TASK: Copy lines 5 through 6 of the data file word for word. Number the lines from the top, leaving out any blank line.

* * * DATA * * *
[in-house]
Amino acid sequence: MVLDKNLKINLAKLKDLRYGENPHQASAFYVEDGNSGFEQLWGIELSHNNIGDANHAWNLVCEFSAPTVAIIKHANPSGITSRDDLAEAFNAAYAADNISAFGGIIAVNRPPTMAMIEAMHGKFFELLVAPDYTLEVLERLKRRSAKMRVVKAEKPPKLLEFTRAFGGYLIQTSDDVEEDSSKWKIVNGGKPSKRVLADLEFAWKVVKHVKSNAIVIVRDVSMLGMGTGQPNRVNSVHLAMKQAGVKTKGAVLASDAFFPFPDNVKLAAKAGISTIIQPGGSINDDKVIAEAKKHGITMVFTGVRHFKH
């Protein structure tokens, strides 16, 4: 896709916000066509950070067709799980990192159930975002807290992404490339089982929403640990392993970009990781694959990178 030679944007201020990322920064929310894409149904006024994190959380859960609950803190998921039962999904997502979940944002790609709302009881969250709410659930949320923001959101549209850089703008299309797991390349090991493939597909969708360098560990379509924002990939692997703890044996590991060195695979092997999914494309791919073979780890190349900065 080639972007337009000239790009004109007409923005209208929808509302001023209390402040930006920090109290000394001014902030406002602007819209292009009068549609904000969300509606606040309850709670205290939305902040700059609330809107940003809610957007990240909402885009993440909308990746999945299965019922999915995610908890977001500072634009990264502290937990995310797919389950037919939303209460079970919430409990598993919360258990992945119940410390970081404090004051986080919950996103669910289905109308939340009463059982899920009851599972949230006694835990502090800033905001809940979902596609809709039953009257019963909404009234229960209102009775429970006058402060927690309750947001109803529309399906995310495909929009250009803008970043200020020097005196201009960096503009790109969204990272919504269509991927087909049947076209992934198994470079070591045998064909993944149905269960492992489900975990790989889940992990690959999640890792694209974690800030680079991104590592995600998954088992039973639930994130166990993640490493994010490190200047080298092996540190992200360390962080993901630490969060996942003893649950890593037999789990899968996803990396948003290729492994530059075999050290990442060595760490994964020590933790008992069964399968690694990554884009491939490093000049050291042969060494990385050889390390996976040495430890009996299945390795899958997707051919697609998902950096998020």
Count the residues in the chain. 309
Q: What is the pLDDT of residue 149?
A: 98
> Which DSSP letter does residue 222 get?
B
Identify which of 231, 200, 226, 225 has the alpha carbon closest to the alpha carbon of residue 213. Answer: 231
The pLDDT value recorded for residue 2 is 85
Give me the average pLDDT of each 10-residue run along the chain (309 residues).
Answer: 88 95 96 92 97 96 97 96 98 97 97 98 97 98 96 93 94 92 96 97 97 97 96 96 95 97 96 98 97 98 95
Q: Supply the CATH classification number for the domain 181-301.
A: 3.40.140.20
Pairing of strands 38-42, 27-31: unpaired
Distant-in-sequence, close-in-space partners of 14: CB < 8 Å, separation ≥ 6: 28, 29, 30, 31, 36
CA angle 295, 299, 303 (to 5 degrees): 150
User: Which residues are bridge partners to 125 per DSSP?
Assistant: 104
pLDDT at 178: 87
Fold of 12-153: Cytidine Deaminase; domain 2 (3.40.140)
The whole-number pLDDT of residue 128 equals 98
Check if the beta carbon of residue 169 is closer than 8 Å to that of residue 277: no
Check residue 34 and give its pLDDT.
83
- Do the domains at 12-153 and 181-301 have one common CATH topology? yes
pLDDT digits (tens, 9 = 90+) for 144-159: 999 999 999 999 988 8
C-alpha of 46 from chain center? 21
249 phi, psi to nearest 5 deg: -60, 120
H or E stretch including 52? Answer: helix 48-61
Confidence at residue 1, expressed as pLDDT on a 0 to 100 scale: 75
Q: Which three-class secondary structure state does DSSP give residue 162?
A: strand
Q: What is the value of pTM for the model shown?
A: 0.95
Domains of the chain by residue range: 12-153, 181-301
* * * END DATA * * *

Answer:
Q: What is the pLDDT of residue 149?
A: 98